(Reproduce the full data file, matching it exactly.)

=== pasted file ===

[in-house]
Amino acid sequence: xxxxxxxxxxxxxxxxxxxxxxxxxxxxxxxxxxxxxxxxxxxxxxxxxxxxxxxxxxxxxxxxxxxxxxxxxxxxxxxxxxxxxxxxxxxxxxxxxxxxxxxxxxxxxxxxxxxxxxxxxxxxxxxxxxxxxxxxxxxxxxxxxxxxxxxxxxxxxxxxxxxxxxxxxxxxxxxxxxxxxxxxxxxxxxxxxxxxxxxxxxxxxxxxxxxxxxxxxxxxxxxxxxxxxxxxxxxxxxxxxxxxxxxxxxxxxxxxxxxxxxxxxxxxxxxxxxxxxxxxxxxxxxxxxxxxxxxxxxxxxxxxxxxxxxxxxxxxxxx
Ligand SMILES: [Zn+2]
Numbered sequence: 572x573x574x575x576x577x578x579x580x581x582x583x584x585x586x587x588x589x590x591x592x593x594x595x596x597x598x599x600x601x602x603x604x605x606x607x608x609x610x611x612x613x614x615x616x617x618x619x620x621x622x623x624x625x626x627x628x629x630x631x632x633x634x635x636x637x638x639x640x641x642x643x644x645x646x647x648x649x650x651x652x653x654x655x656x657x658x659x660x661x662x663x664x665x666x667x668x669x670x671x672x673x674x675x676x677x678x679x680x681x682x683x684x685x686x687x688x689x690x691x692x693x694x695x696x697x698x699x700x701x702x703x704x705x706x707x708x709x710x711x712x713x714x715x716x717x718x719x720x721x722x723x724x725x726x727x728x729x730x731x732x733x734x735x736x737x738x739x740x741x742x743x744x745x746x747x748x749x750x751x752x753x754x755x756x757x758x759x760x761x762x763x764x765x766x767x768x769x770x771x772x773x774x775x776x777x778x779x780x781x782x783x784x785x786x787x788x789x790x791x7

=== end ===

[in-house]
Amino acid sequence: xxxxxxxxxxxxxxxxxxxxxxxxxxxxxxxxxxxxxxxxxxxxxxxxxxxxxxxxxxxxxxxxxxxxxxxxxxxxxxxxxxxxxxxxxxxxxxxxxxxxxxxxxxxxxxxxxxxxxxxxxxxxxxxxxxxxxxxxxxxxxxxxxxxxxxxxxxxxxxxxxxxxxxxxxxxxxxxxxxxxxxxxxxxxxxxxxxxxxxxxxxxxxxxxxxxxxxxxxxxxxxxxxxxxxxxxxxxxxxxxxxxxxxxxxxxxxxxxxxxxxxxxxxxxxxxxxxxxxxxxxxxxxxxxxxxxxxxxxxxxxxxxxxxxxxxxxxxxxxx
Ligand SMILES: [Zn+2]
Numbered sequence: 572x573x574x575x576x577x578x579x580x581x582x583x584x585x586x587x588x589x590x591x592x593x594x595x596x597x598x599x600x601x602x603x604x605x606x607x608x609x610x611x612x613x614x615x616x617x618x619x620x621x622x623x624x625x626x627x628x629x630x631x632x633x634x635x636x637x638x639x640x641x642x643x644x645x646x647x648x649x650x651x652x653x654x655x656x657x658x659x660x661x662x663x664x665x666x667x668x669x670x671x672x673x674x675x676x677x678x679x680x681x682x683x684x685x686x687x688x689x690x691x692x693x694x695x696x697x698x699x700x701x702x703x704x705x706x707x708x709x710x711x712x713x714x715x716x717x718x719x720x721x722x723x724x725x726x727x728x729x730x731x732x733x734x735x736x737x738x739x740x741x742x743x744x745x746x747x748x749x750x751x752x753x754x755x756x757x758x759x760x761x762x763x764x765x766x767x768x769x770x771x772x773x774x775x776x777x778x779x780x781x782x783x784x785x786x787x788x789x790x791x7